Bloomberg: His news reporters need to accept restrictions
NEW YORK, NY – Democratic presidential candidate Michael Bloomberg says employees at his news organization need to accept restrictions with their paycheck, including the ban on investigating their boss.
Bloomberg, billionaire founder of Bloomberg News, was asked in a CBS News interview about rules put in place when he announced his candidacy: The organization's reporters are not allowed to probe him and his finances, or any of his Democratic rivals.
Bloomberg News says the restriction does not apply to President Donald Trump as the government's leader. That prompted Trump's campaign to say it would not allow Bloomberg reporters to cover its events.
“We just have to learn to live with some things,” Bloomberg told CBS. His reporters “get a paycheck. But with your paycheck comes some restrictions and responsibilities.”
He said that people have said to him, “'how can you investigate yourself?' And I said, Ï don't think you can.'" He noted that Bloomberg News subscribers also get access to campaign news from The New York Times, Washington Post and Wall Street Journal.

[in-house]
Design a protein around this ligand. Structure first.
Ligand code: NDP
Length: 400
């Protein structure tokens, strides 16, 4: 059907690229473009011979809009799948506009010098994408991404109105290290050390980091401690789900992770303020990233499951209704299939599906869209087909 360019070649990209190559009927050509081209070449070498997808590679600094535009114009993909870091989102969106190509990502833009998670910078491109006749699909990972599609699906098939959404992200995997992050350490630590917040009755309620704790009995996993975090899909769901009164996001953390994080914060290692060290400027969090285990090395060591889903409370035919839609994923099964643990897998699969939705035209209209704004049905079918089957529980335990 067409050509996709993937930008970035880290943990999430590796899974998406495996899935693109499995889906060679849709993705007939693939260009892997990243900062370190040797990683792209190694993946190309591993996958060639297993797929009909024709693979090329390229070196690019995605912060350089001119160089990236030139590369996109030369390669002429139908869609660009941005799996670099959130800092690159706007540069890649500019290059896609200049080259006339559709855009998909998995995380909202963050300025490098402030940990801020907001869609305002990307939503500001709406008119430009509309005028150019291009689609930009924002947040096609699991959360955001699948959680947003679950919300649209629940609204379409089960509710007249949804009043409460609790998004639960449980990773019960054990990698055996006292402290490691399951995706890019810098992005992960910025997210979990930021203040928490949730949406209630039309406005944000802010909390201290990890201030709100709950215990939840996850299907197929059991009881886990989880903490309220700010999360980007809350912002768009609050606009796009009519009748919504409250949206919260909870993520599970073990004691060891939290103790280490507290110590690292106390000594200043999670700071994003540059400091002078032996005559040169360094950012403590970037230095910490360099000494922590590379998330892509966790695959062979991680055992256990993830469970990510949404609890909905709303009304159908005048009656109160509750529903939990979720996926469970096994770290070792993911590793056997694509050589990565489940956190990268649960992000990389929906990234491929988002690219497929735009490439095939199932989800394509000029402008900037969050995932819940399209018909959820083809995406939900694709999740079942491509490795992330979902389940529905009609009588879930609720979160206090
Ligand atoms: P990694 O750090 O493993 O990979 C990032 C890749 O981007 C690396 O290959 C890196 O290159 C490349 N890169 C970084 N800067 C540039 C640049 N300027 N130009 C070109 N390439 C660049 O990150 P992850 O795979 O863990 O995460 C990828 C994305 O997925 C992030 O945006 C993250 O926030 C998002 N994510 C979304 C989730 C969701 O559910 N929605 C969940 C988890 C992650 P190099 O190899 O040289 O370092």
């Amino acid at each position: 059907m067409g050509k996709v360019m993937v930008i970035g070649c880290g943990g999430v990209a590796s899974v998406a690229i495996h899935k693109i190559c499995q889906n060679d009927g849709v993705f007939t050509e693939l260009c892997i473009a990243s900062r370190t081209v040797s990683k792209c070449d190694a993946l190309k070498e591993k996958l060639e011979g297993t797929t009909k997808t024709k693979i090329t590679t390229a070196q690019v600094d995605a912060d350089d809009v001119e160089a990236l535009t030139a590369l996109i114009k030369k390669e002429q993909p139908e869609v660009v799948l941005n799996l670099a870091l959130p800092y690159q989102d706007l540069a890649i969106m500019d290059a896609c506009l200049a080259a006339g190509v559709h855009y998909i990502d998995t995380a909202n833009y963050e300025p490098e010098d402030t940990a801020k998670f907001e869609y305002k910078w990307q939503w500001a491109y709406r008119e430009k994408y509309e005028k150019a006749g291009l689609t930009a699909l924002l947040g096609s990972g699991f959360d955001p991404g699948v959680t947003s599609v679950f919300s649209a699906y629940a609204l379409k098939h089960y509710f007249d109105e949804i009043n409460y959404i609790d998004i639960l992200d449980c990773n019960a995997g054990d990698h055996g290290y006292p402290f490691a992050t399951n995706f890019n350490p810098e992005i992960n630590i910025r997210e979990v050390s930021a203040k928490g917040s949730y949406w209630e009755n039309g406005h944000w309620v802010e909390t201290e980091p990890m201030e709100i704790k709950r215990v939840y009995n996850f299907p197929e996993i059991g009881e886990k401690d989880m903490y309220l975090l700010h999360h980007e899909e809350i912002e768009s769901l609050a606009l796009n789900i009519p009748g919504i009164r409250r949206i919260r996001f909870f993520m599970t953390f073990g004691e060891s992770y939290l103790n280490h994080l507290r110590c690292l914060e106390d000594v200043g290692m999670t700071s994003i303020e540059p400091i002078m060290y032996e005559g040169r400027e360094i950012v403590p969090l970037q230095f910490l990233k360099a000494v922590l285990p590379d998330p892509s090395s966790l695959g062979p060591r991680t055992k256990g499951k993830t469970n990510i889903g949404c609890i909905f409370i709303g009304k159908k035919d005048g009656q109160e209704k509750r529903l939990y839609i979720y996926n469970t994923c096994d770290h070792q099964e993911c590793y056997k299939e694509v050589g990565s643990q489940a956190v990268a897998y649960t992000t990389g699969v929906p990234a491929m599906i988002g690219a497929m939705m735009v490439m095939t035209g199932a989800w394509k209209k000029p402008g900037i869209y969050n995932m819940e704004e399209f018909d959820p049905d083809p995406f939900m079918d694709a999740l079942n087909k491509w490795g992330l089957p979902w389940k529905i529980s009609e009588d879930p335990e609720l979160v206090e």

With his comments, the former New York mayor “puts the journalists who work for him in an extremely uncomfortable, tenuous position,” said Lynne Adrine, a Washington-based journalism professor for Syracuse University.
As the owner of Bloomberg News, which started in 1990, Bloomberg has the right to do as he wants, she said.
"Yet, I don't think that's the take-away journalism consumers need at this time," Adrine said.
Bloomberg reporter Mark Niquette is covering Bloomberg's campaign. On Friday, he posted a story about remarks Bloomberg made in the CBS interview, including about the news organization's policy. Earlier this week, he wrote about Bloomberg's campaign stop in Mississippi, where the candidate talked about his apology for New York City's stop-and-frisk policing tactics when he was mayor.
The Bloomberg company had no comment Friday on what the candidate said.
Kathleen Culver, a professor of journalism ethics at the University of Wisconsin in Madison, said she's concerned about the extent to which Bloomberg reporters feel intimidated about their boss' remarks.
Culver said she understands Bloomberg's reluctance to step fully away from the company he created, but he might want to look at ways to completely disassociate himself with Bloomberg News at this time.
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